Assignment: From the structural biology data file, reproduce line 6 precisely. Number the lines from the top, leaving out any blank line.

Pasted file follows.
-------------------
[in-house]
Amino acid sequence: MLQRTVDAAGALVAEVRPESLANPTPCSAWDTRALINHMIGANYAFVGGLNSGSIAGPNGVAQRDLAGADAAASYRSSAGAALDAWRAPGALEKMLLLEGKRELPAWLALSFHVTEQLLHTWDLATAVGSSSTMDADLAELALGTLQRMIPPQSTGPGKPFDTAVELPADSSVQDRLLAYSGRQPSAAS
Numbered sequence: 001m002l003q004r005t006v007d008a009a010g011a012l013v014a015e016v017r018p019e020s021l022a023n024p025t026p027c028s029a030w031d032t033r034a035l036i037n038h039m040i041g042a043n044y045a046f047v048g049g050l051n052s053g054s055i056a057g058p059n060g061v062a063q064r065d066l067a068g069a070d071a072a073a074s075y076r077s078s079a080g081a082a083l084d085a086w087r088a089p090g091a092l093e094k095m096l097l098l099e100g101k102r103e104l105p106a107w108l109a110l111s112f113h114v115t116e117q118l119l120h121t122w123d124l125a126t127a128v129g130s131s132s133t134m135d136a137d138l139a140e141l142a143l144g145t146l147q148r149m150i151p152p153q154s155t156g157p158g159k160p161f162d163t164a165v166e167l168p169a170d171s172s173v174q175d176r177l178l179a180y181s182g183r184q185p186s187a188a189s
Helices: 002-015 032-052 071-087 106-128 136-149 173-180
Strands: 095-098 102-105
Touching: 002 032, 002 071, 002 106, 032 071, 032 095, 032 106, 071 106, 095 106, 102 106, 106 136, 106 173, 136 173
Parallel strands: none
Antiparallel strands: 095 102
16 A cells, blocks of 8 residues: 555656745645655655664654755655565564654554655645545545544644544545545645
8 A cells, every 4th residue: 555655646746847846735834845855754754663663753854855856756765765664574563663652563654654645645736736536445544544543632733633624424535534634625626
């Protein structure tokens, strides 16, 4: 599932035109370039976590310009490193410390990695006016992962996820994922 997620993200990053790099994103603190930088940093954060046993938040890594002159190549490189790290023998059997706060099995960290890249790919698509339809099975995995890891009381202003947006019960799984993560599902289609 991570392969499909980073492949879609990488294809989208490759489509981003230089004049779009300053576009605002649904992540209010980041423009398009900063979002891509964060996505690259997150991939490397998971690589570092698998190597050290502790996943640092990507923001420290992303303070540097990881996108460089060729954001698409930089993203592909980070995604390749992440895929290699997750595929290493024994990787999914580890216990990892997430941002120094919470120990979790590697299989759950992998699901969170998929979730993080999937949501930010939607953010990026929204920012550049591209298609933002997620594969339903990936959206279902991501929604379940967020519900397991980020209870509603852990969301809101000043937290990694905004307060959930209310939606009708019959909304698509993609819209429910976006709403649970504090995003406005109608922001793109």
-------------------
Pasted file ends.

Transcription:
Touching: 002 032, 002 071, 002 106, 032 071, 032 095, 032 106, 071 106, 095 106, 102 106, 106 136, 106 173, 136 173